Begin End-of-Life Conversations When Diagnosing Metastatic Disease

Meg Barbor, MPH

March 2018, Vol 8, No 3 - Palliative Care


Discussions about prognosis, transitions to palliative care, and the end of life are—to say the least—challenging for patients and providers. But effective, honest, and supportive communications are keys to good clinical care and informed decision-­making, according to Dame Lesley Fallowfield, FMedSci, DPhil, Professor of Psycho Oncology, Sussex Health Outcomes Research & Education in Cancer, University of Sussex, Brighton, England.

“The end-of-life conversation should not be happening at the end of life. This is a conversation we should be building up to the moment that someone is diagnosed with metastatic disease,” she said at the 2017 ESMO International Consensus Conference for Advanced Breast Cancer in Lisbon, Portugal.

“If we’re going to give patients and their families sensible choices, we have to get much better at giving them information and, in particular, giving them the prognosis,” Dr Fallowfield said.

Why the Barriers to Open Disclosure?

Talking to patients and their family about the end of life is never easy, and it can be even more difficult when the patient and provider have built a relationship over the course of several lines of therapy. A lack of honesty about the therapeutic benefits of treatment early on in the relationship can compound this problem.

“I do believe that most healthcare professionals are far too nihilistic about the genuine benefits of good-quality supportive and palliative care,” Dr Fallowfield asserted.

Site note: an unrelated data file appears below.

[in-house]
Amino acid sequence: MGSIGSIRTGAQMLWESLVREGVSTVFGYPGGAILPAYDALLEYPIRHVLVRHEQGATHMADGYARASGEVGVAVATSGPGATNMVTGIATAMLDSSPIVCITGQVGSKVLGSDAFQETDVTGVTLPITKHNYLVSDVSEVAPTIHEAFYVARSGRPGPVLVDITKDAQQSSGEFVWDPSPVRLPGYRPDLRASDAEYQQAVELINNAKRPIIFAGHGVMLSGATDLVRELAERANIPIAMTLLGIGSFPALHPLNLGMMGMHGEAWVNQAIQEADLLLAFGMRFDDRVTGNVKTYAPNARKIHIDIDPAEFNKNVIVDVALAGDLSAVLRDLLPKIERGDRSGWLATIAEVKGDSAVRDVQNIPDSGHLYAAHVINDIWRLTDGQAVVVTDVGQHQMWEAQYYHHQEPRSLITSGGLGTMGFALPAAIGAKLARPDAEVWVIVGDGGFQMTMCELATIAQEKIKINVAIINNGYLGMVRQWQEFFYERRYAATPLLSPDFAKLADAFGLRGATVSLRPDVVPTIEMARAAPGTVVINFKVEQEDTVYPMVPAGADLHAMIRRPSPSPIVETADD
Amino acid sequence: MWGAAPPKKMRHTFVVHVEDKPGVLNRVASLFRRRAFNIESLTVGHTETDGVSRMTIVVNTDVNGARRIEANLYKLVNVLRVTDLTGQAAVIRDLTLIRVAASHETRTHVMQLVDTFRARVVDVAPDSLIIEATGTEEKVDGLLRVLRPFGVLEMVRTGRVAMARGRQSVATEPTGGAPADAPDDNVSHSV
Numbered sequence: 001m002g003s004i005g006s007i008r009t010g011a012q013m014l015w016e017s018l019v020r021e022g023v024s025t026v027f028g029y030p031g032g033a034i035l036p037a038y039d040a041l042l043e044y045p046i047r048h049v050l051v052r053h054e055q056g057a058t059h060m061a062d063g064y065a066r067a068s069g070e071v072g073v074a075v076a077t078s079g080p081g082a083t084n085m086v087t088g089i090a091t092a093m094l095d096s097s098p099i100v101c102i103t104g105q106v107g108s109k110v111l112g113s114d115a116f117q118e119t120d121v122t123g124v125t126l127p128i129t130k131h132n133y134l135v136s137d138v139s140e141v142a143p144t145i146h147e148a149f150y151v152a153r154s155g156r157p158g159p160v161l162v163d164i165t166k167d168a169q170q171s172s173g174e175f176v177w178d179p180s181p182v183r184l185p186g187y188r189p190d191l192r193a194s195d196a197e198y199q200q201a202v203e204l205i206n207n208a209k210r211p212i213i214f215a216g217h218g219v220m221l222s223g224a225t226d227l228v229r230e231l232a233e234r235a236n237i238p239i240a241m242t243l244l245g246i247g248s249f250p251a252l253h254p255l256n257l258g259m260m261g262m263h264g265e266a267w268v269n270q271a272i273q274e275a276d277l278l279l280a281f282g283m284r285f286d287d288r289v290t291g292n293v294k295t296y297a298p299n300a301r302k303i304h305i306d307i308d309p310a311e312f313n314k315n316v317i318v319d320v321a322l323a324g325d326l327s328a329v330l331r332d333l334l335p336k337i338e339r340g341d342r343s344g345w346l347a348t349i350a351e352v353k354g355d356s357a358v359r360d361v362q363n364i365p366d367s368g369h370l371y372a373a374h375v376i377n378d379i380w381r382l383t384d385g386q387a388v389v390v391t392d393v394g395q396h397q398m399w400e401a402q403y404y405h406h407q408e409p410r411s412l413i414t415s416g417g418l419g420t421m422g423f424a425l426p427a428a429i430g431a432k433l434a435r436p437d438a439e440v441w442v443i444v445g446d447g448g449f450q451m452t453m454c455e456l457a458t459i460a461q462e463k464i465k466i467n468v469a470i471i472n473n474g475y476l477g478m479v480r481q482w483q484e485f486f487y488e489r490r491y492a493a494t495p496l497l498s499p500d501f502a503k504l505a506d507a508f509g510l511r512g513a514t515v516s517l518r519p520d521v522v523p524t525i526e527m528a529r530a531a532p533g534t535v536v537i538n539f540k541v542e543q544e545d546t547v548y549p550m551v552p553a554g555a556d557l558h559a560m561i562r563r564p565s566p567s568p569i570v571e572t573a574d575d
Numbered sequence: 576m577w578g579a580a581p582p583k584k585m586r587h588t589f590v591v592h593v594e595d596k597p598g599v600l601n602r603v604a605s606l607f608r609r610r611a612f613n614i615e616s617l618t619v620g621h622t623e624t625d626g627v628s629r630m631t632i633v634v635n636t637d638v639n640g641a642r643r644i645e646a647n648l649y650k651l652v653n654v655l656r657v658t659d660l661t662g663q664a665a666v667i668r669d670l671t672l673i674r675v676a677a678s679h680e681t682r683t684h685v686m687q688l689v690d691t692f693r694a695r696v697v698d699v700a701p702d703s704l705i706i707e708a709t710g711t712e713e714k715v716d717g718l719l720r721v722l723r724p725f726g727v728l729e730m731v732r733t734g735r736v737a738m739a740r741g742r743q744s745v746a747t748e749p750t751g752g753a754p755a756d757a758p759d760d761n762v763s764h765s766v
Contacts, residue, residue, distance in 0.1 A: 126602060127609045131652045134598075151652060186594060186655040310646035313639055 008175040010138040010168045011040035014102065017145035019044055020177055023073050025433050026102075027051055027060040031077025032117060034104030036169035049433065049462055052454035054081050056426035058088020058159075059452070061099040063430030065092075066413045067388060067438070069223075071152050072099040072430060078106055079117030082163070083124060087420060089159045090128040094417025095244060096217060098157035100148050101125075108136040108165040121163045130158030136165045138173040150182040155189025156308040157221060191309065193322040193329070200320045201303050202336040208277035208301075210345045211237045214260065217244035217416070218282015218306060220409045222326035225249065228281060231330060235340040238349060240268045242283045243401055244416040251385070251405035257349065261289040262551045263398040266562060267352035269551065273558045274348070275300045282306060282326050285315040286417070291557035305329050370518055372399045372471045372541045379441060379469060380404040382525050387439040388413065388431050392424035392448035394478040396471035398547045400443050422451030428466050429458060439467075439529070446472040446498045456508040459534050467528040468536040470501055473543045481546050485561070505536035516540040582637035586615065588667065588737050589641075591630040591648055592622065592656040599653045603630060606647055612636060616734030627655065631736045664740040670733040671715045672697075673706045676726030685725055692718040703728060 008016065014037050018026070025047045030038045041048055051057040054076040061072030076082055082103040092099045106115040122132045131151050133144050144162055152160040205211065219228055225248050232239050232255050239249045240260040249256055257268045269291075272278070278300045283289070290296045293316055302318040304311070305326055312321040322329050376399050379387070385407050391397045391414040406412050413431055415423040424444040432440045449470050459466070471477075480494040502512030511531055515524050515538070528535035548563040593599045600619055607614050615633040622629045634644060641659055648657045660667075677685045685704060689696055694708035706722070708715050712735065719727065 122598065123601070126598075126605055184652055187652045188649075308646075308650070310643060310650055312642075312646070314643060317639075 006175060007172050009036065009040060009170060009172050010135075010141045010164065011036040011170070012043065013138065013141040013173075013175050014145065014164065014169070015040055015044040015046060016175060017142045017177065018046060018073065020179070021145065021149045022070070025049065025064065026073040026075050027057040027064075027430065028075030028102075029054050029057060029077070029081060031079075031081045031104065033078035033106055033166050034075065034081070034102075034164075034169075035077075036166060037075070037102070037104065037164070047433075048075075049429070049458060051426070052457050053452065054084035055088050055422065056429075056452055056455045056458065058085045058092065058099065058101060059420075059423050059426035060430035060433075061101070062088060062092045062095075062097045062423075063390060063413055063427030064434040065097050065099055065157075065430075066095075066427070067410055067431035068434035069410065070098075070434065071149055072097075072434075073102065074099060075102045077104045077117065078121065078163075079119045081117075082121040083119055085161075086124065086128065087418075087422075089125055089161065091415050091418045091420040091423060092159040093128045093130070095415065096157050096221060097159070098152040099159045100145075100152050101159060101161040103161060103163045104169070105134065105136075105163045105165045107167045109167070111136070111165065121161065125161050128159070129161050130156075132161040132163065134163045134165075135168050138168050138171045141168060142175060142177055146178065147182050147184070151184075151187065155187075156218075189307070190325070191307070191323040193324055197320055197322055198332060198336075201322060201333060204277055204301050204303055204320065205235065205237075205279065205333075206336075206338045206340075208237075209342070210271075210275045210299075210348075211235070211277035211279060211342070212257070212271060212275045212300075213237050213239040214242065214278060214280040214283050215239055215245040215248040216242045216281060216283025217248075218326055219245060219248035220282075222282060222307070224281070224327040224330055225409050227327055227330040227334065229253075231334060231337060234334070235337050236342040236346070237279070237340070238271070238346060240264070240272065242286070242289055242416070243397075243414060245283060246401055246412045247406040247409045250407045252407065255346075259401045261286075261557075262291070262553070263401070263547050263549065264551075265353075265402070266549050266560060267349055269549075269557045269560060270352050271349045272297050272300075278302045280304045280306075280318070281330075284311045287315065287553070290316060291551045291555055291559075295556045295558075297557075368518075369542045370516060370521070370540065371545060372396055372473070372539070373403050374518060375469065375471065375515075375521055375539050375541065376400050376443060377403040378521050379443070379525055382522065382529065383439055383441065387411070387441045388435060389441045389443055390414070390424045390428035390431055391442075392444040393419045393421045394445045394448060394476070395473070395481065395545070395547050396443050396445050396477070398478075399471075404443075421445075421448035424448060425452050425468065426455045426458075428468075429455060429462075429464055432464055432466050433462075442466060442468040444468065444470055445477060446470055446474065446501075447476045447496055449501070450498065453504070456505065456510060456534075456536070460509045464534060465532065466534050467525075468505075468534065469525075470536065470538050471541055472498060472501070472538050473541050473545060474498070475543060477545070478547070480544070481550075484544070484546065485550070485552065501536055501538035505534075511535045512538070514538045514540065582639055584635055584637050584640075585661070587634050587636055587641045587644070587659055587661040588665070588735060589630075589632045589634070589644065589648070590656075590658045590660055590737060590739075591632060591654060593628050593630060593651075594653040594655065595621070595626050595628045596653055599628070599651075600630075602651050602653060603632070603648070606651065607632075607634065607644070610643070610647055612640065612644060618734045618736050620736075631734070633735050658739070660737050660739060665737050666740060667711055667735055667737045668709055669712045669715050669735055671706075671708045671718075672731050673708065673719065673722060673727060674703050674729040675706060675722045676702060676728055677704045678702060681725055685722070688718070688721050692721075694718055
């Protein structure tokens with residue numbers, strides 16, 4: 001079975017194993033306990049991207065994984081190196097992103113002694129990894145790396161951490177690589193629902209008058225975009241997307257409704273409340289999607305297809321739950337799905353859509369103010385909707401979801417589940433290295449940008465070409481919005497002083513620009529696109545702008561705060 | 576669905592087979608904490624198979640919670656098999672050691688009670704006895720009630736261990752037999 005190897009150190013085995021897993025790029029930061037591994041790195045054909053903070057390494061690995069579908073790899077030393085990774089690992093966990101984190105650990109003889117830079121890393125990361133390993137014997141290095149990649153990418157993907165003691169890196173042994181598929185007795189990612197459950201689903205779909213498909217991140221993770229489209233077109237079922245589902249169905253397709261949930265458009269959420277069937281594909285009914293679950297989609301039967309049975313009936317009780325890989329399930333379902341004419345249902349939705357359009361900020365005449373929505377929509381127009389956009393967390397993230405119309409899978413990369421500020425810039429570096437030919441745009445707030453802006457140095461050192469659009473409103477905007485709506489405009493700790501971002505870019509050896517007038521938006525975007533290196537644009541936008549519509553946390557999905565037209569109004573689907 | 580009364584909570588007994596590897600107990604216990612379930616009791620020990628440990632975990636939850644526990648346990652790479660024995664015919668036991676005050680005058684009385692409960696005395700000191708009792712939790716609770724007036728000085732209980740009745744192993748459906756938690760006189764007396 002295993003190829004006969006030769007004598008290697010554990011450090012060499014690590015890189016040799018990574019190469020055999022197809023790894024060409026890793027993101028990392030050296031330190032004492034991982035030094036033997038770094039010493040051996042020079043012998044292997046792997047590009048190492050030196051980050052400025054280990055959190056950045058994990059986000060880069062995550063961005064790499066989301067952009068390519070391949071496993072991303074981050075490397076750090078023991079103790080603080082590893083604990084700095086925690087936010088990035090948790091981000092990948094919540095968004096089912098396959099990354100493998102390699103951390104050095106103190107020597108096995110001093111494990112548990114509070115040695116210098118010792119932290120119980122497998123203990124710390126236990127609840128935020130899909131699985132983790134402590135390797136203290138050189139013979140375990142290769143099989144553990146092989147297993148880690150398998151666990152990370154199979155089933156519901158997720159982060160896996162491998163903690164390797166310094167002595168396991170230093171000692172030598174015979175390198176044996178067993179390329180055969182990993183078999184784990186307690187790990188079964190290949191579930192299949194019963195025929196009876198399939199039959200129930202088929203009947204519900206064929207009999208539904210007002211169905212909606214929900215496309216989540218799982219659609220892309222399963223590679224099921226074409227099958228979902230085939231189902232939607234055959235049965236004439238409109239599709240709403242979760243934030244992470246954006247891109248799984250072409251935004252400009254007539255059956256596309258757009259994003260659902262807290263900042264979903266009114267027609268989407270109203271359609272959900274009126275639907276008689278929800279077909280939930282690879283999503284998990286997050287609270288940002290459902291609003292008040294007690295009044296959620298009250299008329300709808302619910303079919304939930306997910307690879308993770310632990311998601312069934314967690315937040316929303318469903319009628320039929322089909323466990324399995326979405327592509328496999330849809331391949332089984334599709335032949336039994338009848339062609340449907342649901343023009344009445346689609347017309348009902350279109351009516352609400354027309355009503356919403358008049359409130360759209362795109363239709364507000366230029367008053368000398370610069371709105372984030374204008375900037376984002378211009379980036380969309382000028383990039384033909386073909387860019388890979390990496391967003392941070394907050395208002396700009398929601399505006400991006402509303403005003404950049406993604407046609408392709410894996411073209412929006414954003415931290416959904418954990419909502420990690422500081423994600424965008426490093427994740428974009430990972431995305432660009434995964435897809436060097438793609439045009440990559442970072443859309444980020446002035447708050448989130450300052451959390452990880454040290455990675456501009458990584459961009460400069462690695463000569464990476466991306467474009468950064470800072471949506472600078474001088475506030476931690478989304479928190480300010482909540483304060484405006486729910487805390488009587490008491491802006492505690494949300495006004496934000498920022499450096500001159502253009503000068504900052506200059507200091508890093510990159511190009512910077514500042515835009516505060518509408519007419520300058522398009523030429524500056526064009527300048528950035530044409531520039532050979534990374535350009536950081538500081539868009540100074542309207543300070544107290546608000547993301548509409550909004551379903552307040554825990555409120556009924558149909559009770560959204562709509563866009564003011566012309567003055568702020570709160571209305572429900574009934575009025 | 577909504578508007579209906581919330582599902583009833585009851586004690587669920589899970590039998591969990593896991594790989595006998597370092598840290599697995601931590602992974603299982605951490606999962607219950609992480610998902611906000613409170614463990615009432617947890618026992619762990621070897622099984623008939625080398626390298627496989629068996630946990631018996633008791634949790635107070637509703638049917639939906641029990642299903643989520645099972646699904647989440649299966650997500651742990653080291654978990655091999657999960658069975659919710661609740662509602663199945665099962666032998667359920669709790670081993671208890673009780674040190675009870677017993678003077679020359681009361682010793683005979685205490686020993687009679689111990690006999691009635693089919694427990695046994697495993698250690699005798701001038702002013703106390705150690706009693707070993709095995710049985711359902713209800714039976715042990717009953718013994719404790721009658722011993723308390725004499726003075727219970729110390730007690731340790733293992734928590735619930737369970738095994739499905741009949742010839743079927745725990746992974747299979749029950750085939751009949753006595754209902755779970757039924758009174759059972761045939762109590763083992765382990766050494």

Fear of distressing the patient, time pressures, and uncertainty about the patient’s disease trajectory can contribute to a lack of open disclosure about a prognosis. “But I think sometimes it’s because healthcare professionals feel they’re failing as doctors if they’re not offering a cure,” she suggested, citing a lack of communication skills training for physicians as a contributing factor.

Many of the novel treatments in metastatic breast cancer offer improved progression-free survival (PFS) and overall survival (OS) benefits, but many also come with unpleasant toxicities and serious side effects that are not always systematically and appropriately charted. The true benefits of some “miracle drugs” are often modest or uncertain as a result of limited follow-up studies.

“We have to focus on whether or not any lengthier survival time is worthwhile,” she said. “Indeed, how much survival benefit is needed for patients and their family to trade off the disadvantages and burdens associated with treatment?”

Much of the research suggesting that patients will accept high toxicity for minimal benefit is flawed; therefore, information regarding survival and quality of life, with and without anticancer treatment, is crucial and will undoubtedly influence patient preferences, she emphasized.